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Disney+ adds new content warning for racist depictions in classic films

After working on “Pinocchio” and “Fantasia,” Grant wrote “Dumbo” with his creative partner, Dick Huemer.
“Dumbo” now features a new content warning on Disney+. (Walt Disney Co.)

Classic movies that feature racists stereotypes and other problematic elements now include a new content warning on Disney+.

When viewers choose to play movies such as “Dumbo,” “Aladdin,” “Peter Pan,” “The Aristocats” and “Swiss Family Robinson” on the Disney streaming service, a written disclosure about its “negative depictions and/or mistreatment of people or cultures” is presented on the screen for 12 seconds. The message cannot be skipped.

According to Disney’s Stories Matter website, the company is in the process of reassessing past titles with an advisory council composed of outside organizations such as the African American Film Critics Assn., the Coalition of Asian Pacifics in Entertainment, the National Assn. of Latino Independent Producers, the GLAAD Media Institute and others.

Instead of editing or removing library titles that have been identified as problematic, the aim is to acknowledge them and open up discussions so people can learn from those mistakes. (“Song of the South,” a 1946 movie deemed so racist that it was never included in the Disney+ library, remains unavailable.)

Previously, some of these films included a shorter warning within the description on their individual homescreens. “This program is presented as originally created,” it read. “It may contain outdated cultural depictions.”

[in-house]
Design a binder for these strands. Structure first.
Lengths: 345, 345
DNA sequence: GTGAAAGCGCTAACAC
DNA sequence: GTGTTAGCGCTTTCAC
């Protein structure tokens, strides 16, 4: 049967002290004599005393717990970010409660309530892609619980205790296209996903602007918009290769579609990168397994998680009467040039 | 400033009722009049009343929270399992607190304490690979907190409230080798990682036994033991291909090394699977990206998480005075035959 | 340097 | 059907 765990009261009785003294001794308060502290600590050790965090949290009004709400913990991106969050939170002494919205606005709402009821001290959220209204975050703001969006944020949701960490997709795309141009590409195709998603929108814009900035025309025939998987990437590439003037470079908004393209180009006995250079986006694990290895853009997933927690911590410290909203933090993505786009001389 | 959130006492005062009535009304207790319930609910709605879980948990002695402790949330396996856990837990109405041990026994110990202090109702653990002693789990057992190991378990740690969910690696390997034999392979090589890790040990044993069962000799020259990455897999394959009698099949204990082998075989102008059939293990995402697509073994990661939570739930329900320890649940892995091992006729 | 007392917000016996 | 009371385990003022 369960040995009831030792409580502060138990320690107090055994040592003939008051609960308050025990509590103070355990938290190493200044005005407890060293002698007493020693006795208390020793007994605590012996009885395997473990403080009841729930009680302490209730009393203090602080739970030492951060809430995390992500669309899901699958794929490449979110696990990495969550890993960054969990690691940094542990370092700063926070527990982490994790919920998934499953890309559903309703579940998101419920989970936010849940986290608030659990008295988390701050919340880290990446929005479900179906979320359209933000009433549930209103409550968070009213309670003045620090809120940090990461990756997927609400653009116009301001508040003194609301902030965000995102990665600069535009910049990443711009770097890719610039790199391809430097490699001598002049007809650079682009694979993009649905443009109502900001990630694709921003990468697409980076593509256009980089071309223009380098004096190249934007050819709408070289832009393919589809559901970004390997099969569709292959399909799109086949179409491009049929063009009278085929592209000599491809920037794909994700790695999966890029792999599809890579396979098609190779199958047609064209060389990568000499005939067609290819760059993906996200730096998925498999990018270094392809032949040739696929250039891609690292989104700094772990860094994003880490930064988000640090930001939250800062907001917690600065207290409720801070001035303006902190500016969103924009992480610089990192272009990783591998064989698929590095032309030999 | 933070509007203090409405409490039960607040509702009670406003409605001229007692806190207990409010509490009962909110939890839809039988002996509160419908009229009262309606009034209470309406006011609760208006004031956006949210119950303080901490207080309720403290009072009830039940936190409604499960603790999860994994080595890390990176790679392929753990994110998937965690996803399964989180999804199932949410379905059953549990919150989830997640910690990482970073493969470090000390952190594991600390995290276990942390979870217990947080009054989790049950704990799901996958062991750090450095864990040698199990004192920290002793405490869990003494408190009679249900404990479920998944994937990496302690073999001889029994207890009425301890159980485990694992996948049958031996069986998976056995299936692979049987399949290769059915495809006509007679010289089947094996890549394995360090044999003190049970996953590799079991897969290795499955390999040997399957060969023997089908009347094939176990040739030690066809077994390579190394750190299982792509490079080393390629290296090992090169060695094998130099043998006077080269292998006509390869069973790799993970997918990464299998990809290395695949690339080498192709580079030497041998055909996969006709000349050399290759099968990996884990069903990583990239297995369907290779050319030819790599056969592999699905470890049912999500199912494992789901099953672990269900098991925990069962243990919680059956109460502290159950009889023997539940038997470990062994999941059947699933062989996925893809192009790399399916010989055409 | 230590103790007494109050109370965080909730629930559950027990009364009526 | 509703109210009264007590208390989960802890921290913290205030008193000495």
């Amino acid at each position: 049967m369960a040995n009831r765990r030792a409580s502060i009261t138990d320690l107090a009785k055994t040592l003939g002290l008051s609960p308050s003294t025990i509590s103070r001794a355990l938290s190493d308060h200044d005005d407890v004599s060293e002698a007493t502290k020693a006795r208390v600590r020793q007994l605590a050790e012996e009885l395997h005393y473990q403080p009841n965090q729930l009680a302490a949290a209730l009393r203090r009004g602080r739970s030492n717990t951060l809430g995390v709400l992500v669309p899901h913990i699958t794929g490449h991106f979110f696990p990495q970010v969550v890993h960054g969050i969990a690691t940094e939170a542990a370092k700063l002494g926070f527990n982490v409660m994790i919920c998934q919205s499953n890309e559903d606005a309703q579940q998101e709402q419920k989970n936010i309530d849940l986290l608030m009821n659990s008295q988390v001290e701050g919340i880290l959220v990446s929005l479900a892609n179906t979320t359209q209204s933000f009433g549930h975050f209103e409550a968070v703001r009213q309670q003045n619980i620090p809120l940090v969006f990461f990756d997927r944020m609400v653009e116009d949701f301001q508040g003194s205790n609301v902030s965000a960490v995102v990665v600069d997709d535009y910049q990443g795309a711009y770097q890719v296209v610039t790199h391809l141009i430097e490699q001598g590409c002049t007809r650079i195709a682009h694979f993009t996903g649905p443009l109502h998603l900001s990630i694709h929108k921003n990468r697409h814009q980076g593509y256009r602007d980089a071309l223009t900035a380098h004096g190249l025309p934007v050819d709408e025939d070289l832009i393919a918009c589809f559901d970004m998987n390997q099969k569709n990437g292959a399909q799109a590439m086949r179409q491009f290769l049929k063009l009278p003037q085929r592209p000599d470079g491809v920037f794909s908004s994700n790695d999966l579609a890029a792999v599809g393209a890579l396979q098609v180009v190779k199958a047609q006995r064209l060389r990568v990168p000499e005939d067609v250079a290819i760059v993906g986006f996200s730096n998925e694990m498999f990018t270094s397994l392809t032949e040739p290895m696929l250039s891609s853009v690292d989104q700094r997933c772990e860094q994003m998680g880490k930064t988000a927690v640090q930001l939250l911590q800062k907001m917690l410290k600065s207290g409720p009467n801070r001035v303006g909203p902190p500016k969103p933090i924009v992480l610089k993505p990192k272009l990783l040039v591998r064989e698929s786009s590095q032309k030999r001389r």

The full disclosure presented on these films now reads:

“This program includes negative depictions and/or mistreatment of people or cultures. These stereotypes were wrong then and are wrong now. Rather than remove this content, we want to acknowledge its harmful impact, learn from it and spark conversation to create a more inclusive future together.

“Disney is committed to creating stories with inspirational and aspirational themes that reflect the rich diversity of the human experience around the globe.

“To learn more about how stories have impacted society, please visit www.disney.com/StoriesMatter.”

This story originally appeared in Los Angeles Times.

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Christine founded Sports Grind Entertainment with an aim to bring relevant and unaltered Sports news to the general public with a specific view point for each story catered by the team. She is a proficient journalist who holds a reputable portfolio with proficiency in content analysis and research.

About the author

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Christine Watkins

Christine founded Sports Grind Entertainment with an aim to bring relevant and unaltered Sports news to the general public with a specific view point for each story catered by the team. She is a proficient journalist who holds a reputable portfolio with proficiency in content analysis and research.

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